When acquiring new plant, machinery or equipment with finance, business owners have a range of factors and aspects of the acquisition and the loan to take into consideration. One of the most significant, and the one that can determine the taxation and other benefits to the business, is the choice of equipment finance product. Business have the choice of Equipment Lease, Hire Purchase, Rent to Buy and Chattel Mortgage, which is also referred to as Equipment Loan by some banks and lenders.
For many businesses, the lowest interest rate and cheapest finance in general is the main focus. While that is also our key focus in securing the cheapest equipment finance for our customers, business owners should also take a broad perspective on their financial objectives. A perspective which takes in how a particular loan type may or may not contribute to achieving the financial goals of the business.
While our role as finance broker centres on securing cheap interest rates and finance, we advise our customers that their accountant or a financial advisor is often best-placed with the knowledge and insight of the operation to provide advice on choice of finance product. While having the professional advice from an advisor is great, it can also be helpful for individual business operators to have a grasp on the features and benefits of different finance products. Particularly how those features can assist the meet achieve its financial or other objectives.
An objective for some businesses is to improve the appearance of the balance sheet and that may be possible through equipment lease to finance new equipment, plant and machinery. The balance sheet lists what the business owns and is owed in customer invoices being assets and what it owes which is the liabilities. Clearly having assets greater than liabilities may present the business in a stronger position than the reverse.
So how can equipment lease achieve that objective? We explain why equipment lease is considered by some as improving the balance sheet and how other forms of finance compare.
Equipment Lease and the Balance Sheet
Leasing is a very popular and widely-used finance product for asset acquisitions including vehicles and a wide range of equipment. Leasing allows the equipment or machinery assets to be acquired with finance without the complete and whole cost or value of the loan liability being posted to the business balance sheet.
This can be seen as useful or advantageous in some circumstances. Those may include the development or growth stage of the business. A relatively new business may not be in a position to want the liability on the balance sheet. The decision or preference may also reflect the plans by the business for further acquisitions or finance applications. In reviewing loan applications, lenders will assess the balance sheet as indicative of a business’ position and ability to take-on and repay loan commitments.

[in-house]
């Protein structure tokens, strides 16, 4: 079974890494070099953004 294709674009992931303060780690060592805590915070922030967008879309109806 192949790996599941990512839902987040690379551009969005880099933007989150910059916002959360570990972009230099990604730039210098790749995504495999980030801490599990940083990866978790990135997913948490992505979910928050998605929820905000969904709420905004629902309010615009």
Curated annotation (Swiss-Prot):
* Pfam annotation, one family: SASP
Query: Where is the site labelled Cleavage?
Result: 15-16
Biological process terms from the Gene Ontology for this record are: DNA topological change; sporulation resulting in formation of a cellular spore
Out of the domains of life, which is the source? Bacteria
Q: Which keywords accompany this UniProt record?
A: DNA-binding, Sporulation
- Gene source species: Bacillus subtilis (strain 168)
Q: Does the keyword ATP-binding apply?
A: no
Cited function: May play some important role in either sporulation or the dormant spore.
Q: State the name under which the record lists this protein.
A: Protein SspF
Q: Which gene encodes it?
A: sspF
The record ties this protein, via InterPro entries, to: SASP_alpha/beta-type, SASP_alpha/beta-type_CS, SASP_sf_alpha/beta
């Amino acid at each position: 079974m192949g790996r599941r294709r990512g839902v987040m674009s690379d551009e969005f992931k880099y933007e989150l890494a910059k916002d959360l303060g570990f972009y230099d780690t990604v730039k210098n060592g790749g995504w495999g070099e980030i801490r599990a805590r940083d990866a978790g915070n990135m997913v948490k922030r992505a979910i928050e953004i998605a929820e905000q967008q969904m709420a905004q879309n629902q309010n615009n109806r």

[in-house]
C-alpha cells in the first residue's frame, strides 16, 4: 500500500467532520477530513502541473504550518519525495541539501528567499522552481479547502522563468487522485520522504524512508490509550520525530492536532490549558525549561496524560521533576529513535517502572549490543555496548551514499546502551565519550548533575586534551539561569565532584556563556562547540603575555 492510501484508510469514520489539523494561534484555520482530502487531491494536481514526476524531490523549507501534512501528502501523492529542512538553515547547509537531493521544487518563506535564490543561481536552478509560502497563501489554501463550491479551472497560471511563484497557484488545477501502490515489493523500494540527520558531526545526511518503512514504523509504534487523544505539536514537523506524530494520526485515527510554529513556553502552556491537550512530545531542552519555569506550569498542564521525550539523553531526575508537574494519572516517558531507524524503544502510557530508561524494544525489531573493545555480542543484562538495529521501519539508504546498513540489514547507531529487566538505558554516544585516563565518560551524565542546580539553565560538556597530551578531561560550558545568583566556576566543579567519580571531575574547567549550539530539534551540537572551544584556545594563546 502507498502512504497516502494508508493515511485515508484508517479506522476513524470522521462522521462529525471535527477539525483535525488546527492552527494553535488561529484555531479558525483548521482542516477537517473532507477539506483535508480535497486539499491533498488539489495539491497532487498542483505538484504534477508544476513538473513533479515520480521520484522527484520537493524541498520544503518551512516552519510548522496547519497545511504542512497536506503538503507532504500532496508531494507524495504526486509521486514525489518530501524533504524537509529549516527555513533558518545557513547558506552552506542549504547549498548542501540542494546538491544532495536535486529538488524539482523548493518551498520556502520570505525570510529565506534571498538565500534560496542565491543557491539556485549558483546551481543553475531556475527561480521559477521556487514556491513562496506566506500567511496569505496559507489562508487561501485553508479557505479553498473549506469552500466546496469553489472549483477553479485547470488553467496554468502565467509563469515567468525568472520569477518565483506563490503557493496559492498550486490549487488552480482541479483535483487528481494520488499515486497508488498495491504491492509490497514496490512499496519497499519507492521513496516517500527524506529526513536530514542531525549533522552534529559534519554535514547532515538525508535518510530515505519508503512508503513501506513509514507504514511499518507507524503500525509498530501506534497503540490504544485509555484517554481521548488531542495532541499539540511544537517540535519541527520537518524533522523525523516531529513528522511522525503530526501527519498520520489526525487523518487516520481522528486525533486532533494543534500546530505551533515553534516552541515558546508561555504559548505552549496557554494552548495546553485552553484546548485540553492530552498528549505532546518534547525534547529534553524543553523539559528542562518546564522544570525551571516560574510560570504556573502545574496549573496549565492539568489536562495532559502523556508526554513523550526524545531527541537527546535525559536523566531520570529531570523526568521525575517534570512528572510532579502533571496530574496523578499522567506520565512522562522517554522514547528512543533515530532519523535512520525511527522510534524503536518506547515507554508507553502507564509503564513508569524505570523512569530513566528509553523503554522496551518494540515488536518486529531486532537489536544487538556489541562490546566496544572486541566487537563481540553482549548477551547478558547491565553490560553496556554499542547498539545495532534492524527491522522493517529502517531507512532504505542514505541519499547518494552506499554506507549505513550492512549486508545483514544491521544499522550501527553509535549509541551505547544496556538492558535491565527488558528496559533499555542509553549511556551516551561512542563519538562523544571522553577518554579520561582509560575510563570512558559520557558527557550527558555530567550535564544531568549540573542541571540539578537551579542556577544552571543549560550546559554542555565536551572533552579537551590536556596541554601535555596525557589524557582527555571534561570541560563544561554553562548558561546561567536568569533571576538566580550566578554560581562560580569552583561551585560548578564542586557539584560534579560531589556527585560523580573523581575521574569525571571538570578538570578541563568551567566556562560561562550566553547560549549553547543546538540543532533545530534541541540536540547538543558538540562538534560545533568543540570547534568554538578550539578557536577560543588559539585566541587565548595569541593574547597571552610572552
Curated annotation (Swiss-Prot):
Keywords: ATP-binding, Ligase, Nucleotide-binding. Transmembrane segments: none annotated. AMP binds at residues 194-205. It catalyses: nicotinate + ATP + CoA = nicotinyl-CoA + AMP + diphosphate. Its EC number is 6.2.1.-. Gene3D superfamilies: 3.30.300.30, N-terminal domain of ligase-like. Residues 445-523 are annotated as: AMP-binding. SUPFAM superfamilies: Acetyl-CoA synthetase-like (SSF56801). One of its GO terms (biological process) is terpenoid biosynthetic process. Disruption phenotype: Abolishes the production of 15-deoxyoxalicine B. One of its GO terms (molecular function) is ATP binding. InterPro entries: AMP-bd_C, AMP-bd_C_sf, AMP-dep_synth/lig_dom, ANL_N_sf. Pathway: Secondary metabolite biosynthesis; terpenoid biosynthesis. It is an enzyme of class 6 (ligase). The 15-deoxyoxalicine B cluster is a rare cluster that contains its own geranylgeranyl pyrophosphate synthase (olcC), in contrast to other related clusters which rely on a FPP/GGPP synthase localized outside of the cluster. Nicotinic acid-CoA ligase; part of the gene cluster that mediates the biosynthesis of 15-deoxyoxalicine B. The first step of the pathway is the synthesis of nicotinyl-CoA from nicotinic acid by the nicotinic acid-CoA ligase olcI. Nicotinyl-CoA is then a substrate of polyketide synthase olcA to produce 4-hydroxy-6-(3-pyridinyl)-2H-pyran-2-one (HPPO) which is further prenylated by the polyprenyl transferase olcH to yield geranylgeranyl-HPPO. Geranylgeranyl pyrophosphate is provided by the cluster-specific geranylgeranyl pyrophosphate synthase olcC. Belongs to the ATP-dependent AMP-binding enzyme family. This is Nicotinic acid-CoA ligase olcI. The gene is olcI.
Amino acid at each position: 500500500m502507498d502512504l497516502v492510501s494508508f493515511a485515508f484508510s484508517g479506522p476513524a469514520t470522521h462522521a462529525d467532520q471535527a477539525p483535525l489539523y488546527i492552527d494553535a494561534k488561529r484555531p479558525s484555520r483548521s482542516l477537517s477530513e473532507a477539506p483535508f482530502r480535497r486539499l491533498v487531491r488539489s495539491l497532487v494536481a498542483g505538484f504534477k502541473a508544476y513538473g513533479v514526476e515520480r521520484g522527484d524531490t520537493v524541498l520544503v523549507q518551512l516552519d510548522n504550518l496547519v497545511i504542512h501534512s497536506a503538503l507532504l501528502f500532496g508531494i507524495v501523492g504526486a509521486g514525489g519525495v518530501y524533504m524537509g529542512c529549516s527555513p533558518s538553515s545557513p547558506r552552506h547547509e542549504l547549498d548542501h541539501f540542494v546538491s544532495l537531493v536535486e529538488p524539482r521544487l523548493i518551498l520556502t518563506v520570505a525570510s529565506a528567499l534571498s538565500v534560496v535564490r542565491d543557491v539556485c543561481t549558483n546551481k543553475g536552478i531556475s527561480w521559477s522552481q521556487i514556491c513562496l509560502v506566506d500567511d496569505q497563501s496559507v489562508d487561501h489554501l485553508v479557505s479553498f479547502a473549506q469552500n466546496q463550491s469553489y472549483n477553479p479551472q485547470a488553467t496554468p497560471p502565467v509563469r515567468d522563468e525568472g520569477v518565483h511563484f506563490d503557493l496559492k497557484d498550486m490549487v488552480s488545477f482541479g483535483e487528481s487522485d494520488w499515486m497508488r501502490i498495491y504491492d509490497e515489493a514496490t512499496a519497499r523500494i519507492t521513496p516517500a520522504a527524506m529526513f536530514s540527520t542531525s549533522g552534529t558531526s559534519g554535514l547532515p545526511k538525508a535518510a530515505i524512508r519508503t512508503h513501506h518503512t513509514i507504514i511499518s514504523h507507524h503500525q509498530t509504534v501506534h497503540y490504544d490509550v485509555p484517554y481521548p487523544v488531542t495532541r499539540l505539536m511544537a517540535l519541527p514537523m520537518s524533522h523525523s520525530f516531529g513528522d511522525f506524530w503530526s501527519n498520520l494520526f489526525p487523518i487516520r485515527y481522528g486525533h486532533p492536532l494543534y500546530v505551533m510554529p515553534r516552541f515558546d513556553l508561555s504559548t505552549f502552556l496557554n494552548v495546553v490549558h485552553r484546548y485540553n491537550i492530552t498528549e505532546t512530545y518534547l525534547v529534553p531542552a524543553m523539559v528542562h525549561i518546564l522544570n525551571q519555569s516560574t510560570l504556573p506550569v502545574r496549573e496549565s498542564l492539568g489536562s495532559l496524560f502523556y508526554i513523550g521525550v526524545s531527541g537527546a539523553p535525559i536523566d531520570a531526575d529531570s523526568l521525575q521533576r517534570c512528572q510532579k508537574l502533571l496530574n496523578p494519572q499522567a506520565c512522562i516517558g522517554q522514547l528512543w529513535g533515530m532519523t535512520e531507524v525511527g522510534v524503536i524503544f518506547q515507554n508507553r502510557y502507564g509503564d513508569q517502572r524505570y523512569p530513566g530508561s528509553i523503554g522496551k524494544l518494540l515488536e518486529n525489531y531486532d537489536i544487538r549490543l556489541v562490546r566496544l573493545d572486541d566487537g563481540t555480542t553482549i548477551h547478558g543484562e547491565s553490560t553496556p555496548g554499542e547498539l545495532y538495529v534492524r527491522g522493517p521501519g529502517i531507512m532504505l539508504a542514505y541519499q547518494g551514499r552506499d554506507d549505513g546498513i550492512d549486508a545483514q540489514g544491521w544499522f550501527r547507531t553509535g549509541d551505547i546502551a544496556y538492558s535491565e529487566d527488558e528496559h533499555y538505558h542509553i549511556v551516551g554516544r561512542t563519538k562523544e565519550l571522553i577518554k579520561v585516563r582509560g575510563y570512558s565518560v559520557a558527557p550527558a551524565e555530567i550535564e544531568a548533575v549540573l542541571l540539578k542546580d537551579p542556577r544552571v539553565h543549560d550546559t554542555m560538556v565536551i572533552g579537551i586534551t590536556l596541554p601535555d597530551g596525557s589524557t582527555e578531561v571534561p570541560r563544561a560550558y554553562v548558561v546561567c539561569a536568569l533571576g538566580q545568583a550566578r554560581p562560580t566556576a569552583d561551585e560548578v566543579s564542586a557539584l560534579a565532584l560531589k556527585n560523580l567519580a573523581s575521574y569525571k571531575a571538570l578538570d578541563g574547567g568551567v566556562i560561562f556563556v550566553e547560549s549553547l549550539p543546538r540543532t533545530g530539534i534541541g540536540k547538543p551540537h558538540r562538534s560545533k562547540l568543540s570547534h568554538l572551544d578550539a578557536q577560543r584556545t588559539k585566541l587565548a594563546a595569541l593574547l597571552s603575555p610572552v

The relationship between a finance product and the balance sheet of a business lies in the ownership of the equipment being financed. Where the business has the ownership of the equipment over the loan term the equipment is listed in the balance sheet. If not, it’s not.
With Equipment Lease the ownership of the equipment is held by the lender offering the finance through the lease period. Yes, the business as full use of the equipment and as such is responsible to meet the required running expenses such as insurance, servicing, parts etc. But the lender holds the title ownership. As such, the asset is not listed in the business balance sheet. The lease payments, as an expense, would be treated as liabilities.
When the equipment lease is completely finalised including where the residual is paid, the business can take ownership of the equipment. With no payments outstanding, the value of the equipment may be considered as an asset to a business.
Compare this to say Equipment Loan or Chattel Mortgage, which is another extremely popular form of equipment finance. With this finance product the ownership does revert to the business at the time of purchase, after the finance is settled.
With the business holding ownership the equipment is then posted to the balance sheet as an asset and the financed owed as a liability.
The advantage of Chattel Mortgage at this current time, is the suitability to accelerated asset depreciation measures such as Instant Asset Write-off and temporary full expensing. Where equipment is on a business balance sheet as an asset, it is depreciated or written-off according to ATO guidelines. This is the case with equipment acquired with Chattel Mortgage but Leasing is not considered as suitable to take advantage of these tax measures.
Equipment Leasing does however include attractive tax deductions. The Equipment Lease payments are fully deductible as a business expense. GST is included in these monthly payments and can be claimed by eligible businesses.
Equipment Lease Payment Calculations
Leasing typically attracts a slightly higher interest rate than Chattel Mortgage. Those interested in Equipment Lease for an upcoming purchase can calculate monthly payment estimates to assist with purchasing decisions and to help decide between different makes and models of machinery.
While there are many issues to consider, Equipment Lease can present a viable and appealing form of finance for a wide range of businesses.
Contact Jade Equipment Finance on 1300 000 003 for a quote on equipment leasing
DISCLAIMER: IF MISINTERPRETATIONS, MISREPRESENTATION OR ERRORS EXIST IN THIS ARTICLE, NO LIABILITY IS ACCEPTED. THE INFORMATION IS PROVIDED ONLY FOR GENERAL PURPOSES AND NOT IN ANY MANNER INTENDED AS THE ONLY SOURCE FOR MAKING FINANCIAL DECISIONS. THOSE THAT CONSIDER THEY REQUIRE ADDITIONAL GUIDANCE OR ADVICE SHOULD REFER TO AN INDEPENDENT FINANCIAL ADVISOR.